The Study Committee on the Use of Police Body Cameras met for the first time on July 26, 2018. The committee, chaired by Sen. Patrick Testin (R-Stevens Point) and Rep. Chris Taylor (D-Madison), is tasked with “review[ing] law enforcement policies regarding the use of body cameras and recommend[ing] legislation to establish uniform procedures regarding the retention and release of body camera video for state and local law enforcement agencies.”
The meeting began with an introduction of committee members. The committee includes members from law enforcement, news media, and attorneys.
The first presentation was from Amanda Essex from the National Council of State Legislatures (NCSL). Essex provided an overview of state laws pertaining to body camera policies and data management practices. This included legislation spanning from requiring body camera use, requiring written policies, funding for body cameras, and open record implications. She also discussed trends in data storage and retention best practices. Considerations for retention policies include how long should records be maintained and how open records requests are handled. Sen. Chris Larson (D-Milwaukee) and Rep. Taylor asked Essex whether there are any states that provide storage options for law enforcement, but she was not aware of such a state program.
Following the presentation from NCSL, the committee heard from two representatives from the Department of Justice (DOJ). The focus of their presentation was the interaction of the public records law and retention issues. The DOJ presenters explained that the starting presumption is that the public has access to the record. They provided the committee with an overview of the statutory definition of a record, the roles of authorities and custodians relating to the record, and the process to request a record.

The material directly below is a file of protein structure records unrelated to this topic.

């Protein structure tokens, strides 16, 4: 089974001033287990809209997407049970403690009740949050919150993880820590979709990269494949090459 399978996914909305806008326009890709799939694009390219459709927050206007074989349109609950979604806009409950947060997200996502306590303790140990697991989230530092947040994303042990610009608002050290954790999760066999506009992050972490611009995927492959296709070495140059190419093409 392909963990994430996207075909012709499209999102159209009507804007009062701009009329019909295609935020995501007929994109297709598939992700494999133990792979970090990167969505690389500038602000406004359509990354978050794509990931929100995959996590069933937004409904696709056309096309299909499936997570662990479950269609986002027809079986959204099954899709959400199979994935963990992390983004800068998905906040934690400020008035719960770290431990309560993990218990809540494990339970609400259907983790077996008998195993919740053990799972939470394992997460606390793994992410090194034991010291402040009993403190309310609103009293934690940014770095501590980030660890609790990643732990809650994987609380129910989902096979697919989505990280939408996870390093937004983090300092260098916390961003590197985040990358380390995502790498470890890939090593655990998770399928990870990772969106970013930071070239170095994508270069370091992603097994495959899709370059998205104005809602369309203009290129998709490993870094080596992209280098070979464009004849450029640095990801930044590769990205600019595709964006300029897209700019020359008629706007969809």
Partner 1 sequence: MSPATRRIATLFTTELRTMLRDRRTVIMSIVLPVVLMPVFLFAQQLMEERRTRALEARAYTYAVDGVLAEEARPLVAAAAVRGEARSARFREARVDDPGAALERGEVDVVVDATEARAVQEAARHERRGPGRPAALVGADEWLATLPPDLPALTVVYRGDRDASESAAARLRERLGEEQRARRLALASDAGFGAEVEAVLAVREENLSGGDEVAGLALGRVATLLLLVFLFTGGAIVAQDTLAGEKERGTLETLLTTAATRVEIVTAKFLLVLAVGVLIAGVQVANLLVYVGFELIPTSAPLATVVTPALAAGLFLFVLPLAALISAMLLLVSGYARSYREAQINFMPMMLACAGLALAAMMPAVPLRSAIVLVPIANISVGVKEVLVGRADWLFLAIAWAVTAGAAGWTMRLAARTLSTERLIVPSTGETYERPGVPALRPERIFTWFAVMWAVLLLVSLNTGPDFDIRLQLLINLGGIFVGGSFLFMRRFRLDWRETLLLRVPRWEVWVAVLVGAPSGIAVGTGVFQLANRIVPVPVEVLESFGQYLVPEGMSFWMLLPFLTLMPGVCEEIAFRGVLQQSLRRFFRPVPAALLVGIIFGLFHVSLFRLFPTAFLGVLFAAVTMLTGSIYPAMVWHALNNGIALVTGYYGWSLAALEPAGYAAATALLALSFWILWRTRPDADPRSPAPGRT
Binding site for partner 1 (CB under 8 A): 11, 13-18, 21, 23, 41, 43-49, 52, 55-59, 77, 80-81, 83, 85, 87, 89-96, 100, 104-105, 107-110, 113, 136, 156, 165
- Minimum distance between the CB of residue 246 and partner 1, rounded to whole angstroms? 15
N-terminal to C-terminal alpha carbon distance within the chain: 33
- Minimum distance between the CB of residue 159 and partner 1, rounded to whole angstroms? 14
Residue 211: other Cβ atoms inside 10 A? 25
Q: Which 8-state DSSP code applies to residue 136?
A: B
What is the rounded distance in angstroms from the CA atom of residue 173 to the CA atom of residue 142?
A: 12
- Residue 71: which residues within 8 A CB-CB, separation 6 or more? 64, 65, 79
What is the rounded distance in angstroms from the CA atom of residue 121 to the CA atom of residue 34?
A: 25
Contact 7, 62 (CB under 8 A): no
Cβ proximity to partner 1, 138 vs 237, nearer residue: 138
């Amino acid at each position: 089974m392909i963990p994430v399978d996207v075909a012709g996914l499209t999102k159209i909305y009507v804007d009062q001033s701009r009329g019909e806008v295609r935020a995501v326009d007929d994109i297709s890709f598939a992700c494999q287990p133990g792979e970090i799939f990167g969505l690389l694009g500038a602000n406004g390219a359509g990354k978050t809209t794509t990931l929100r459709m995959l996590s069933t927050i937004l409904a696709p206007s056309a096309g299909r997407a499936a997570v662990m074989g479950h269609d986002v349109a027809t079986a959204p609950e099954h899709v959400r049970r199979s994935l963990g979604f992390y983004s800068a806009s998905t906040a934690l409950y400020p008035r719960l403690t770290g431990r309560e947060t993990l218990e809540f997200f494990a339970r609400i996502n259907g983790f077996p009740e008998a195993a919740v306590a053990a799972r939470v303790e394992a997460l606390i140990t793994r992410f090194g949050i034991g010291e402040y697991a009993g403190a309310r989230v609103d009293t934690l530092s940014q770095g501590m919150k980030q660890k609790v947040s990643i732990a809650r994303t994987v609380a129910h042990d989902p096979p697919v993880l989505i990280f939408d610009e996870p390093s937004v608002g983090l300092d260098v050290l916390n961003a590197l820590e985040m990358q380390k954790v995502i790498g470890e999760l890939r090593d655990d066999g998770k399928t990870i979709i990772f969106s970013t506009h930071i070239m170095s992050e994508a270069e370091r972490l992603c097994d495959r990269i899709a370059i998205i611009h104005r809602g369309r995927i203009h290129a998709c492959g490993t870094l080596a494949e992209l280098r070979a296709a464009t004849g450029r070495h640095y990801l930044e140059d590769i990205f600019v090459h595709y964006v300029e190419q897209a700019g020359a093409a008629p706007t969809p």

The presenters discussed the “balancing test” that that weighs the public interest in disclosing the record against the public interest and public policies against disclosure. They pointed out that for a law enforcement agency’s records, the balancing test “must be applied on a case-by-case basis.” Members then heard about considerations relating to the release of a body camera video, including the public’s right to know, safety and security of witnesses, if children or juveniles are in the video, and privacy issues around the location of the video (e.g. in one’s home). Wrapping up their presentation, the presenters provided information and demonstrations on redaction of videos and retention timeframes.
Following a lunch break, the committee members heard about the use and type of body cameras in Milwaukee. Presenters from the Milwaukee Police Department also described the body camera data flow and funding considerations. Next, the committee heard from attorneys from Von Briesen and Roper. The two attorneys, Andy Phillips and Hector de la Mora walked through the arguments for and against body cameras and suggestive items to be included in future legislation.
Wrapping up the committee meeting was a presentation from Laken Ferreira from Axon, a company that makes body camera technology and provides storage for law enforcement. Ferreira provided the committee with details on how body camera technology works in day to day situations. In addition, she explained the storage options for law enforcement.
Before adjourning, the committee discussed tentative plans for a future meeting. No precise date was set.